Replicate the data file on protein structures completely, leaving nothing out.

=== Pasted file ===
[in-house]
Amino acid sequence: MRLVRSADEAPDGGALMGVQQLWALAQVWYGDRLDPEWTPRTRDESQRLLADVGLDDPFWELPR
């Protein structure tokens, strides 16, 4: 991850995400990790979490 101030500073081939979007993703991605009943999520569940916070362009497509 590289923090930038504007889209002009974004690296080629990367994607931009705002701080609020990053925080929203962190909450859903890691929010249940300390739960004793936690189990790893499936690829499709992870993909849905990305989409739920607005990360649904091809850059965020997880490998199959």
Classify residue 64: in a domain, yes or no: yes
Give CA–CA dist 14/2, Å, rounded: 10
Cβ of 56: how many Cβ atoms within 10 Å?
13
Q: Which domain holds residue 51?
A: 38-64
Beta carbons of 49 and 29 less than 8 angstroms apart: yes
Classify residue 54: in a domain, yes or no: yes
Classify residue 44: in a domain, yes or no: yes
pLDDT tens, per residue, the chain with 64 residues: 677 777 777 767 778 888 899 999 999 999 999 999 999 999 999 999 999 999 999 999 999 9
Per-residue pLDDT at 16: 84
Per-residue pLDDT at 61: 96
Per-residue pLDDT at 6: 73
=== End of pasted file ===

[in-house]
Amino acid sequence: MRLVRSADEAPDGGALMGVQQLWALAQVWYGDRLDPEWTPRTRDESQRLLADVGLDDPFWELPR
């Protein structure tokens, strides 16, 4: 991850995400990790979490 101030500073081939979007993703991605009943999520569940916070362009497509 590289923090930038504007889209002009974004690296080629990367994607931009705002701080609020990053925080929203962190909450859903890691929010249940300390739960004793936690189990790893499936690829499709992870993909849905990305989409739920607005990360649904091809850059965020997880490998199959």
Classify residue 64: in a domain, yes or no: yes
Give CA–CA dist 14/2, Å, rounded: 10
Cβ of 56: how many Cβ atoms within 10 Å?
13
Q: Which domain holds residue 51?
A: 38-64
Beta carbons of 49 and 29 less than 8 angstroms apart: yes
Classify residue 54: in a domain, yes or no: yes
Classify residue 44: in a domain, yes or no: yes
pLDDT tens, per residue, the chain with 64 residues: 677 777 777 767 778 888 899 999 999 999 999 999 999 999 999 999 999 999 999 999 999 9
Per-residue pLDDT at 16: 84
Per-residue pLDDT at 61: 96
Per-residue pLDDT at 6: 73